Article 02

Learning from the ‘new kid on the block’ : how training has benefited from the growth of coaching

In January 2002 I went skiing after a gap of six years. As I waited for my skis to be adjusted at the ski-hire shop, the assistant told me ‘You’ll be surprised at how much easier it is to ski on the new shape skis. Ski designers have learned so much from the design of snowboards.’ On the slopes, I discovered for myself that he was right.

Whenever a new technology arrives, it benefits old, related technologies (unless it wipes them out, of course!) Executive coaching is a new ‘technology’ which, like snowboarding, has grown rapidly in popularity and reputation. A recent issue of this magazine was given over entirely to the subject, and few organisations have not at least considered it for their senior people. I believe it has had some profound, and beneficial, effects on that older but related technology, training. Many of the trainers I meet and work with are coaches too. They have the opportunity, in their one-to-one work, to study closely what helps and what hinders personal and behavioural change. The lessons they learn there inform their training practice to no small degree.

Just as snowboarding didn’t lead to the replacement of skis with something else altogether but rather built on and improved their design, coaching has led to a greater understanding of and emphasis on the best features of training. ‘Learner-centred learning’, as opposed to ‘teacher-centred training’, has become the norm rather than an example of excellence. Training is designed to allow and encourage reflection, rather than to get as much information across in as short a time as possible. The establishing of respect, between trainer and participants, in both directions, and amongst participants for each other, is now seen without question as an essential backdrop to successful training. And our understanding of what ‘respect’ really means has moved forward. Respect is a deep appreciation of the fact that everyone is always already in the middle of something. The effectiveness of any intervention, be it a coaching session, or a training programme, will be critically determined by the extent to which the coach or trainer acknowledges and responds to all the things her client(s) are already in the middle of. Good trainers always began by asking participants about their expectations of the course. This was one way to acknowledge they hadn’t arrived as empty vessels waiting to be filled but rather as full vessels hoping to be able to squeeze a few more drops in. But now trainers will take time to explore their participants’ worlds, to find out what is on their minds, and to make connections as often as they can between the material of the course and the preoccupations of the participants.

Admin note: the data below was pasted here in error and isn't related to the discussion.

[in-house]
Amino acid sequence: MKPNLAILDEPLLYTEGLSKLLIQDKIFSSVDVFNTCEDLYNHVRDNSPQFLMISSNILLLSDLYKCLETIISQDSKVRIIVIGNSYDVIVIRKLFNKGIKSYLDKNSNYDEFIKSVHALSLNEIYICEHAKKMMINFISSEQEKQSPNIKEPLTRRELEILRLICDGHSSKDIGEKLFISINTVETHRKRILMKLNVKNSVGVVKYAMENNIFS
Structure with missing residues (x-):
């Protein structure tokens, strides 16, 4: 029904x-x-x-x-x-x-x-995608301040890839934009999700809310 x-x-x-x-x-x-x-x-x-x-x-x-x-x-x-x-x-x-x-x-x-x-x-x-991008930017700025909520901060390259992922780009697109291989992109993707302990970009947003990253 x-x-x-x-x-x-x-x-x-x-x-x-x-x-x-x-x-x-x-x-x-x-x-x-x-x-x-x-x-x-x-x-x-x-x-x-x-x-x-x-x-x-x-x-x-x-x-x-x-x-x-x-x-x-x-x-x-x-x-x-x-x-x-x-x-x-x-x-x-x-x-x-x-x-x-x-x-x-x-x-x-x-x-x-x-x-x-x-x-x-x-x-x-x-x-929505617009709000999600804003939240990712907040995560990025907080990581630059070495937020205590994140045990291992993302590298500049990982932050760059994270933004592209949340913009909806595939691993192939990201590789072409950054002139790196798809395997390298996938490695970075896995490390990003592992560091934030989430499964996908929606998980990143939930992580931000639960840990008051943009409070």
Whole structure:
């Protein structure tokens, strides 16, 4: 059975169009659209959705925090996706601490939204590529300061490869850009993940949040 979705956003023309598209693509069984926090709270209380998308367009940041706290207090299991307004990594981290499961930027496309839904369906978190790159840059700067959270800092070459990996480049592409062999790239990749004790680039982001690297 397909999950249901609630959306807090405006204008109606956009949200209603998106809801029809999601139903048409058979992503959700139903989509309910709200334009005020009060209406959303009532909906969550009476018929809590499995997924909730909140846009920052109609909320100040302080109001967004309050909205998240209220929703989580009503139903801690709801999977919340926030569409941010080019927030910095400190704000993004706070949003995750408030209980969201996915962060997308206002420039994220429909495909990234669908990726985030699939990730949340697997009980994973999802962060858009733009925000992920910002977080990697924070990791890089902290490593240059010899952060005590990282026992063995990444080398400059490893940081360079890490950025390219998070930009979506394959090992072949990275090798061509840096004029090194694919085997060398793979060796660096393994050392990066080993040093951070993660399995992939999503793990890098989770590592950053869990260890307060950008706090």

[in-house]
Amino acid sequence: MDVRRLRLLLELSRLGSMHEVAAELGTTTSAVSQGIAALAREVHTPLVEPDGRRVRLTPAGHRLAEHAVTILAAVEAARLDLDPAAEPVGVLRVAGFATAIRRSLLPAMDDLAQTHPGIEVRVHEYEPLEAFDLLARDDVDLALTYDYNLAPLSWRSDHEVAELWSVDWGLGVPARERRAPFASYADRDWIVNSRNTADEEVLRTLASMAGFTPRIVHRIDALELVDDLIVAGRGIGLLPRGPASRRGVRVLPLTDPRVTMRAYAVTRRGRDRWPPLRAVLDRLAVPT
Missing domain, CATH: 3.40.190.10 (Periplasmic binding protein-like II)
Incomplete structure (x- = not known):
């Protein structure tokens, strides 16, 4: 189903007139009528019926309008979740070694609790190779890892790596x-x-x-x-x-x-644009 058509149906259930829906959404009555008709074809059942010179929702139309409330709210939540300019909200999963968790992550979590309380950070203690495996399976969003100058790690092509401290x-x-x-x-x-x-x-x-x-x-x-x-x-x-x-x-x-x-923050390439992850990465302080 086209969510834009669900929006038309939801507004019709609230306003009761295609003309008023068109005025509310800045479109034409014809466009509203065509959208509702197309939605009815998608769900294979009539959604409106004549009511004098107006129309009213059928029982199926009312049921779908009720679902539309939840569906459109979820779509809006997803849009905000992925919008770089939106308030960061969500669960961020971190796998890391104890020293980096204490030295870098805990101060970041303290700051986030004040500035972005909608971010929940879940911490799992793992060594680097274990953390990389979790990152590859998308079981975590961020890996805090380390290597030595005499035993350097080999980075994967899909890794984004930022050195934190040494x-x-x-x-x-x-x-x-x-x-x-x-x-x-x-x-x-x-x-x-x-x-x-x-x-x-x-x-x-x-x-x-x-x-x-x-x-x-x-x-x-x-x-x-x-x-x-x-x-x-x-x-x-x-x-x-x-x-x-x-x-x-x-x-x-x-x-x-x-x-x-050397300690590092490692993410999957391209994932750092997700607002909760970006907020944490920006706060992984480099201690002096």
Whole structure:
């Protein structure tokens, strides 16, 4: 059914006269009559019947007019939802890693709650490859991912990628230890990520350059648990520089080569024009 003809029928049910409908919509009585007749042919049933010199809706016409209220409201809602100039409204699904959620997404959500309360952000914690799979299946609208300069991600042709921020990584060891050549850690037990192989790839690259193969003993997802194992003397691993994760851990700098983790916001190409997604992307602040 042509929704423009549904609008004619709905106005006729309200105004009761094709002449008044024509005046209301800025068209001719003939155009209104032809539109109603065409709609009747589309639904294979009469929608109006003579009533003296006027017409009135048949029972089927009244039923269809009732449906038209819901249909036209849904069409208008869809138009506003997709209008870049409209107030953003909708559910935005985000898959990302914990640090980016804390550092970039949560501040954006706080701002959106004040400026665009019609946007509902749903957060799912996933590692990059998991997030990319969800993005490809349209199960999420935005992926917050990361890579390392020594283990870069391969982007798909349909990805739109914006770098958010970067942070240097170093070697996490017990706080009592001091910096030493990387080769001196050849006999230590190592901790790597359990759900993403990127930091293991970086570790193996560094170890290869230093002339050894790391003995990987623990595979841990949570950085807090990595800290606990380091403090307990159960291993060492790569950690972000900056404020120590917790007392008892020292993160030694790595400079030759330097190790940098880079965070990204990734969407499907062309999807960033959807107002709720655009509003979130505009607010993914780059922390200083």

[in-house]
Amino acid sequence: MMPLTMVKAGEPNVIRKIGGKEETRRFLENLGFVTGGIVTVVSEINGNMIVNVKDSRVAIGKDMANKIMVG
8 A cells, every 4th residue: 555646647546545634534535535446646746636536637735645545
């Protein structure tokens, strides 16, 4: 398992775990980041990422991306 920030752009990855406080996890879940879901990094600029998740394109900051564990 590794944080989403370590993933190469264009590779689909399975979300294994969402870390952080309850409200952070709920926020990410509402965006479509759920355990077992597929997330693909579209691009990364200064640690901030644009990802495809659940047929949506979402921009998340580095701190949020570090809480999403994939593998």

There is another important way in which the perspective that trainers get from coaching informs their training practice. In the spotlight of the one-to-one coaching relationship, the coach experiences how critical his own beliefs and attitudes are. His coachee will learn more from what he is than from what he says. If what he is conflicts with what he says, his coachee will learn little (and his coachee’s scepticism is likely to be all too apparent). In the training room too, although the effect is more diffuse because there are many people there, participants will be helped to or hindered from learning by the beliefs and attitudes of the trainer. Gone are the days when the ‘best’ training was done by experts who already knew everything about the topic. If they already know everything, they are not themselves learning. And if they are not learning, participants cannot ‘catch the habit’ of learning from them. Yet this is one of the most valuable things that can happen in the training room. Better by far that participants leave with a multitude of questions and the determination to find out the answers, than with a book full of notes and a disinclination to open it. If the trainer ‘models’ learning, by showing her curiosity, by changing her approach in response to the participants, by learning as much from them as they do from her, their curiosity will be kindled, their adaptability reinforced, their desire to learn strengthened.

The growth of coaching has encouraged us as trainers to reemphasise the importance of our participants and of ourselves in the learning exchange business we are in. We don’t have to be coaches ourselves to have benefited from this. Even if we don’t coach ourselves, we have colleagues who do, we read articles and books about it, and we work with participants who have experienced it. The influences are many, and in my view they are positive.

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